This change of approach is not entirely unexpected, given that the Job Support Scheme which was previously due to replace the furlough scheme would not have permitted employers to make claims during the notice period where employees had been dismissed as redundant. Since one of the Government’s aims in extending furlough was to protect jobs, it is perhaps unsurprising that it would seek to prevent employers using the furlough scheme to subsidise the cost of notice pay where jobs are being lost. A key question will be at what point the Government chooses to cut off employers’ ability to claim under the extended CJRS for employees affected by proposed redundancies. Will it only be the notice period which cannot be claimed for? Or will the Government prevent claims in respect of affected employees during a redundancy consultation process too? We hope for clarification of these questions in the guidance expected later this month.
Publication of names of companies that use the Extended CJRS
Over the past few months, there have been media reports of companies that have done better than anticipated during the pandemic taking the decision not to claim support under the furlough scheme, or to hand back grant payments they have already received. HMRC has also commented publicly on its concerns about the level of fraudulent claims that have been made, e.g. by employers that have required their employees to work while on full furlough.
The updated Government guidance states that HMRC will publish employer names of companies and Limited Liability Partnerships who have made claims under the furlough scheme from the month of December 2020 onwards. We assume that this is intended to dissuade employers from relying on the Extended CJRS for support if they do not really need to do so and to deter fraudulent claims.
Monthly deadline for claims
As before, employers can submit their claims before, during or after they process their payroll. However, claims made in respect of periods from 1 November 2020 must be submitted by 11.59pm 14 calendar days after the month the employer is claiming for. For example, claims for the month of November must be submitted by 11.59pm on 14 December. The Government guidance notes that if this time falls on the weekend then claims should be submitted on the next working day.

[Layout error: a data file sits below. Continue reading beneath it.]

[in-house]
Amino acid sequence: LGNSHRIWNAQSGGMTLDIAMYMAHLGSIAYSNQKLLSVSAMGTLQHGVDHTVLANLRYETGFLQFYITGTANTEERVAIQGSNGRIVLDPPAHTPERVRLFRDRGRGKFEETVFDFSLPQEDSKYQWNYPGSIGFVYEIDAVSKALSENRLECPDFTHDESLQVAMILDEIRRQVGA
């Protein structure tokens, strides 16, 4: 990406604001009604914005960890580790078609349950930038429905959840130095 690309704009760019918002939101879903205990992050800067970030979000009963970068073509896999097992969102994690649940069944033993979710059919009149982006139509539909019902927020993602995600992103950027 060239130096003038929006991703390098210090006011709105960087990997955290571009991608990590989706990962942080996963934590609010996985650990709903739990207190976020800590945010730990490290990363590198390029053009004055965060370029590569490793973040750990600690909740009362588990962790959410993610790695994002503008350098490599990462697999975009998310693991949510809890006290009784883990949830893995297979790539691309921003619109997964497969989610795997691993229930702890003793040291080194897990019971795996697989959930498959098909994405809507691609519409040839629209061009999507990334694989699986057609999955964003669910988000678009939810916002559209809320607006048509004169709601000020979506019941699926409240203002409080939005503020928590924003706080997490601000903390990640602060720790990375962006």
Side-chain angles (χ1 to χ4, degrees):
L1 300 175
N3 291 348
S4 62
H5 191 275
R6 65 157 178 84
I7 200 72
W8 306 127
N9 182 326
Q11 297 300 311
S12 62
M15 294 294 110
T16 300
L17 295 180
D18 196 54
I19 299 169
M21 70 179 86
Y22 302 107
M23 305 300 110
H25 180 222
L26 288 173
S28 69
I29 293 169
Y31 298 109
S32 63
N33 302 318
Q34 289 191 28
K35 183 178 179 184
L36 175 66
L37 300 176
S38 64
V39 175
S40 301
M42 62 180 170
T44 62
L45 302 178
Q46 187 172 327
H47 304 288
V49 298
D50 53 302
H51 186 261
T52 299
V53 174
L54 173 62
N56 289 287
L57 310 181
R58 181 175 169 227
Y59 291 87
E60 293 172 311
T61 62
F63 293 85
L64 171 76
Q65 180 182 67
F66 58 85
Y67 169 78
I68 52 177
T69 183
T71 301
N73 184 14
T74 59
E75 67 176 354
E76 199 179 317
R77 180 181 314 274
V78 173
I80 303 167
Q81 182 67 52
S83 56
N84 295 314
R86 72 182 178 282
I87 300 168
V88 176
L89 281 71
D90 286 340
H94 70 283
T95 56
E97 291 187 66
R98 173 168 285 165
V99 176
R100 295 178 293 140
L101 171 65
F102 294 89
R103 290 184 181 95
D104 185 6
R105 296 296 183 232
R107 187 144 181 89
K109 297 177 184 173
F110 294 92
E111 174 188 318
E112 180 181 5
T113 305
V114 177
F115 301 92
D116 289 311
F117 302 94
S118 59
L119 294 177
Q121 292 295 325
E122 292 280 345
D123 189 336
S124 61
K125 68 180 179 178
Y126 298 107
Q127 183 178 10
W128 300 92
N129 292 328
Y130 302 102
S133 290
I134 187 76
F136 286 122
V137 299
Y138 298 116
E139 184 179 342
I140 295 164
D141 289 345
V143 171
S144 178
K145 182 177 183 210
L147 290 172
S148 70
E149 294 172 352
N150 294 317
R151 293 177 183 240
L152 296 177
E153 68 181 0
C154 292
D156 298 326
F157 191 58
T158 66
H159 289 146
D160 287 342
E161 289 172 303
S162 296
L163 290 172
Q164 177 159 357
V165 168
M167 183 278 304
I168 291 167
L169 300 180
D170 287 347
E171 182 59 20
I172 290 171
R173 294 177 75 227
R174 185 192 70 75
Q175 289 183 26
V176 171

HMRC may accept a claim made after the relevant deadline if an employer can show that it had a reasonable excuse for failing to make a claim in time and then claimed without delay after the excuse no longer applied. However, it is important to note that HMRC will not consider reasonable excuses in advance of a claim deadline, so employers cannot plan in advance to submit their claims late.
In addition, employers who realise that they have claimed too little will only be able to increase the amount of their claim if they amend the claim within 28 calendar days after the month to which the claim relates (or the next working day if the relevant date falls on a weekend).
How we can help
We are in the process of reviewing the latest Government guidance and will be updating our FAQs on the Extended CJRS as soon as possible.
If you are a Make UK member, please feel free to contact your adviser with any queries you wish to discuss. Throughout the pandemic we have been advising our members on a full range of Coronavirus related queries, including self-isolation, home-working and the data protection implications of Covid-19 on HR practices.
Alternatively, non-members are welcome to call us on 0808 168 5874, or email [email protected].
Finally, look out for our vlog, Lockdown Lowdown: The Headlines for HR Managers. The first episode, recorded on 5 November, covered the new rules of lockdown in England, the implications for employees who are clinically extremely vulnerable and the extension of furlough to 31 March 2021. The next episode is due out at the end of this week, so watch this space!